The solar-powered robot is capable of planting 600 trees in a single morning and could greatly boost reforestation efforts in the region.
Conservationists working in the Peruvian Amazon have a new high-tech tool in the fight against deforestation in the region.
Junglekeepers International, a non-profit organization, has joined hands with Swiss-Swedish robotics company ABB to run a pilot project using seed-planting robots in the rainforest.
“Miners, loggers… they have advanced technology. They can destroy so much,” said Juan Julio Durand Torres, vice president of the forest, who is a former illegal miner and logger-turned-conservationist.
“If we have a robot here to help us plant trees and local people can get involved and learn the techniques, it will be like fighting together,” Torres said.
ABB provided Conservation Group with their dual-armed, solar-powered ‘YuMi’ robot, which was initially designed to bring automation to various industries.
The robotic solar satellite is connected via WiFi to a base in Sweden, 12,000 km away.
“Based on our walk time with this robot and what we’ve learned from working with the people at ABB, we can plant up to 600 trees in one morning,” explained Mohsin Kazmi, CEO of Junglekeepers.
“If we can plant them in areas prone to deforestation, that’s basically two football fields every day,” he said.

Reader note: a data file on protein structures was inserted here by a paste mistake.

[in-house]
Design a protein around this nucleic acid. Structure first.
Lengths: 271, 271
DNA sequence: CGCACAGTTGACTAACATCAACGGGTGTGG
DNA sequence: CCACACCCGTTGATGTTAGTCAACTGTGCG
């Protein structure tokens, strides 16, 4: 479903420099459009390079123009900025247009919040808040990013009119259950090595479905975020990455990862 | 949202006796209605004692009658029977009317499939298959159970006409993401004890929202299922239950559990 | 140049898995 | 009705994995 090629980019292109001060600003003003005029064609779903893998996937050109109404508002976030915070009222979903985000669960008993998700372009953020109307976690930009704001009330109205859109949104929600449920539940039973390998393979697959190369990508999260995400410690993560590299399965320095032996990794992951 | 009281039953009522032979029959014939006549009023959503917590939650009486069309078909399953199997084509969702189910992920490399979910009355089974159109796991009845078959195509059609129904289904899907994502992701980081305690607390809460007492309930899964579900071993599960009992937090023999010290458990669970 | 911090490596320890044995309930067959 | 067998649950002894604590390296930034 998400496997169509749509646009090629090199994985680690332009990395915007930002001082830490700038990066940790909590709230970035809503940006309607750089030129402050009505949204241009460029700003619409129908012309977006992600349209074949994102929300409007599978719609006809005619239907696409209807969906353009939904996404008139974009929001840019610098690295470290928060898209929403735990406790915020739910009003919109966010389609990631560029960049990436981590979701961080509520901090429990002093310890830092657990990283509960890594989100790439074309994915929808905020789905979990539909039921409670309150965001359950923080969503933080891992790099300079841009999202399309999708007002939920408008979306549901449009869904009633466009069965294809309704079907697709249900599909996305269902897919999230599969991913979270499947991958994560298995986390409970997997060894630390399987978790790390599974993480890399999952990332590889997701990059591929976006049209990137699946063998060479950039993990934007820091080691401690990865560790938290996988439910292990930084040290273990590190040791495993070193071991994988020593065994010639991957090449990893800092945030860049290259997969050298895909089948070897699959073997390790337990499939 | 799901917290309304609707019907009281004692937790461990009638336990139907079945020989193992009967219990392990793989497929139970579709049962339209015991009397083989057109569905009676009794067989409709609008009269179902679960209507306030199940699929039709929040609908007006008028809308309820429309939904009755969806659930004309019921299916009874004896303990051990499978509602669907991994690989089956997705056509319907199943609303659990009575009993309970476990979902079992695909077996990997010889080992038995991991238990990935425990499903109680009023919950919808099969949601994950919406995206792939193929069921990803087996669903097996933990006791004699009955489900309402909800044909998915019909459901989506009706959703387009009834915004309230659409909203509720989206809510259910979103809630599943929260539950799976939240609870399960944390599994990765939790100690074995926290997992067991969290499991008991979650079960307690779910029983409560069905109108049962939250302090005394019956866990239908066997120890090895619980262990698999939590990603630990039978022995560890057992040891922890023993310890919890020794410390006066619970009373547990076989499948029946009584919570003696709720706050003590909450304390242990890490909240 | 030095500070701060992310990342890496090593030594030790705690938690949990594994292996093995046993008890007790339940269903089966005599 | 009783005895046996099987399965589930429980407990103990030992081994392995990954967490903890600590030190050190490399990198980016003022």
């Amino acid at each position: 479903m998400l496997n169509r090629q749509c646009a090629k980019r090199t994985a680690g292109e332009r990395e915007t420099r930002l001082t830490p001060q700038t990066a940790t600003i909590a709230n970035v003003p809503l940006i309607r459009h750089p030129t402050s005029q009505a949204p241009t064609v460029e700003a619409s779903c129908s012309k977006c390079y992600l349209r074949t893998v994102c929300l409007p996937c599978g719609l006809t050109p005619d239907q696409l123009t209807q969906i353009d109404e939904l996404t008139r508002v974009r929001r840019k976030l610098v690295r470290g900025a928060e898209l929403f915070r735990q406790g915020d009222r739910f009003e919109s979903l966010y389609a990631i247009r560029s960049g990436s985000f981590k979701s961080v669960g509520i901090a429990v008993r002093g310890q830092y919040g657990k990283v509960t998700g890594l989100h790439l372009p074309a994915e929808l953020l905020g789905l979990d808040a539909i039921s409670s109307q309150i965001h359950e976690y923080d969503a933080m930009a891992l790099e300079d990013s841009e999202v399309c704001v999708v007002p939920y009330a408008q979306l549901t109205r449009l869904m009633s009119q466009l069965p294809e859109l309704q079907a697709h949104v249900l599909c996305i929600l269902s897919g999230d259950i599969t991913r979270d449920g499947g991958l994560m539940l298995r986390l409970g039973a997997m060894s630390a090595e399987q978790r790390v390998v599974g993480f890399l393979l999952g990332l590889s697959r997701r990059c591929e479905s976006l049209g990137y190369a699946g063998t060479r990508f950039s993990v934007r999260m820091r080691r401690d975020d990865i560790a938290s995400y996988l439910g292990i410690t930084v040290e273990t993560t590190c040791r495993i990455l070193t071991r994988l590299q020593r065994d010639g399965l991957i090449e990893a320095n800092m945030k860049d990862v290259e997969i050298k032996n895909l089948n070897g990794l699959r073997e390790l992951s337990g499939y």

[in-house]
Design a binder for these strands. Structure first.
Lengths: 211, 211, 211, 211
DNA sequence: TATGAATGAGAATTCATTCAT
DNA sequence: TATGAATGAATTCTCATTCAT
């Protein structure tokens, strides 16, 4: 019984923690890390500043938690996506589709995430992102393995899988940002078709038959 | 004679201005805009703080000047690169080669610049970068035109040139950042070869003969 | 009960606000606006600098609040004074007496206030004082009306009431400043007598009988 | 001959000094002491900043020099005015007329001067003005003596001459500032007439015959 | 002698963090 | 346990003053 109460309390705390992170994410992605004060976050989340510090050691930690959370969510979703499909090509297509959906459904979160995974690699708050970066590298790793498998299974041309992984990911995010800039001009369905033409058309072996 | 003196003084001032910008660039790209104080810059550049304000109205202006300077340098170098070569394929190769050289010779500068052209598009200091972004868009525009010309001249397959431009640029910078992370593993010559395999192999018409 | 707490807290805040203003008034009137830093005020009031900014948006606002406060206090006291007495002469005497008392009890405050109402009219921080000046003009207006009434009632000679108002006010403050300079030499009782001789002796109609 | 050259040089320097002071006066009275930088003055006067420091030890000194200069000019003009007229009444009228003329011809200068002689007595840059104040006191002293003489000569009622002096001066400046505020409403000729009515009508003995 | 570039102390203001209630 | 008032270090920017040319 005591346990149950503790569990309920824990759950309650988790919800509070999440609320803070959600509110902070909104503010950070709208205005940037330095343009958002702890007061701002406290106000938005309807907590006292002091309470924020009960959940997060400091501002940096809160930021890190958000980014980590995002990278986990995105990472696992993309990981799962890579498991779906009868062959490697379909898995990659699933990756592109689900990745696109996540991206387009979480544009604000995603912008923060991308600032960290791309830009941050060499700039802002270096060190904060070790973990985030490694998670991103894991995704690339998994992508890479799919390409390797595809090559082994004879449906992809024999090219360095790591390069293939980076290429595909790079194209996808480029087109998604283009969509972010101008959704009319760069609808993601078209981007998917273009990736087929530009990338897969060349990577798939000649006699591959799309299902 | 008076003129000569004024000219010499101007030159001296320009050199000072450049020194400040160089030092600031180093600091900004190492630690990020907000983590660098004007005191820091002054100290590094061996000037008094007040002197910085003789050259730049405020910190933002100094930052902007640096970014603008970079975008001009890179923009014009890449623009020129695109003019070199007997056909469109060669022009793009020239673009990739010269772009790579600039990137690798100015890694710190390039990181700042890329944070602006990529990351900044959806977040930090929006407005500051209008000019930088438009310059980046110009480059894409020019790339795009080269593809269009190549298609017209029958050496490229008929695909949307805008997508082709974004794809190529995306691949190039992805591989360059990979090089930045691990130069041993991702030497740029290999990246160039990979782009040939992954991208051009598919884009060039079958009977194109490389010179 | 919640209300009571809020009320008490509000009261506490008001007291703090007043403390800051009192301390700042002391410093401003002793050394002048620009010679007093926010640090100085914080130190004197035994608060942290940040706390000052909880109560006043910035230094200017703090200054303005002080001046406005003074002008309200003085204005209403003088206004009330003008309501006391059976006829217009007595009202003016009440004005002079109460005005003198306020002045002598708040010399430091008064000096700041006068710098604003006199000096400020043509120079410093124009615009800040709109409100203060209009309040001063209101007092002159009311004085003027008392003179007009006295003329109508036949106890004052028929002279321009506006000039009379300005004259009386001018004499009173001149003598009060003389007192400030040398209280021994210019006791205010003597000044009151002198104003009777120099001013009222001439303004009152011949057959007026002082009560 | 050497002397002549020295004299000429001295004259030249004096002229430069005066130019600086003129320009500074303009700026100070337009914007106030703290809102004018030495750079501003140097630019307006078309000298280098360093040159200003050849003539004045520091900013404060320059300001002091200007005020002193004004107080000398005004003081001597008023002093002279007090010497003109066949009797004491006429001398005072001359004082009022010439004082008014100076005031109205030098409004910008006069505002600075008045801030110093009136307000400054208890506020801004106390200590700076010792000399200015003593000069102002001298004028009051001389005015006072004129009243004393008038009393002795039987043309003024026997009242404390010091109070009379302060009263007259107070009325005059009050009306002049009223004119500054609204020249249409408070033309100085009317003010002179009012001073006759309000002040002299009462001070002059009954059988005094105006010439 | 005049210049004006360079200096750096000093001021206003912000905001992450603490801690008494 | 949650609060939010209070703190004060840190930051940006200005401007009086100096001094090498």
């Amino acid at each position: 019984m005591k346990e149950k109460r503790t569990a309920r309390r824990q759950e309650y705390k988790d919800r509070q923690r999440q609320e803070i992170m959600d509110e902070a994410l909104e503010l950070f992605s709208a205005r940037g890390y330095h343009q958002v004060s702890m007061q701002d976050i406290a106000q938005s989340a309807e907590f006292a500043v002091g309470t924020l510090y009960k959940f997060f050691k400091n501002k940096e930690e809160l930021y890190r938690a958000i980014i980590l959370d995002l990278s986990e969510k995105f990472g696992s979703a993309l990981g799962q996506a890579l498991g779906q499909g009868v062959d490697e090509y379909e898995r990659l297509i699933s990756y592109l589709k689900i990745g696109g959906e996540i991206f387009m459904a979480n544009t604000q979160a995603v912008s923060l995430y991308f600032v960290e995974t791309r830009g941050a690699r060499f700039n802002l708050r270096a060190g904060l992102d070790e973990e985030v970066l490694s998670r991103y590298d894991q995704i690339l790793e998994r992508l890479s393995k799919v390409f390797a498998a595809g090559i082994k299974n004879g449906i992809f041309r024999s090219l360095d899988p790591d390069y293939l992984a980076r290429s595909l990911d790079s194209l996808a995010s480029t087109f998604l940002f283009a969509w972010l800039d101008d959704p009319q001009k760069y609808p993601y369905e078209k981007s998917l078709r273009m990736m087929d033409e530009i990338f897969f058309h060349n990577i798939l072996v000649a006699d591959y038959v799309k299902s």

For the pilot project, forest rangers led the robot to the Las Piedras River, a stream known as the “Madre de Dios” in the Peruvian jungle.
According to Kamji, the addition of the robot has freed up the time conservationists spend in the nursery, allowing them to focus on other tasks for the implementation of the reforestation project as a whole.
“The robot is able to remove the soil and plant 16 seeds at a time in a box. And then we take that box and put it in our nursery to germinate,” he said.
The group is now investigating whether they can scale up the system to other Amazon communities.
“The Amazon is in danger. But that’s why (with technology, science and local knowledge) we have to work together to save the Amazon,” said Denis del Castillo Torres, program director, Peru’s leading expert on the rainforest. at the Peruvian Amazon Research Institute (IIAP).
Protecting the Amazon rainforest, which is home to hundreds of indigenous groups, is considered vital to the fight against climate change because of the vast amount of carbon dioxide absorbed from the atmosphere.
The Amazon is the largest rainforest in the world, and Peru has the second largest section of the Amazon after Brazil.
Brazilian government figures show that in 2022 nearly three football fields worth of virgin forest was cleared every minute.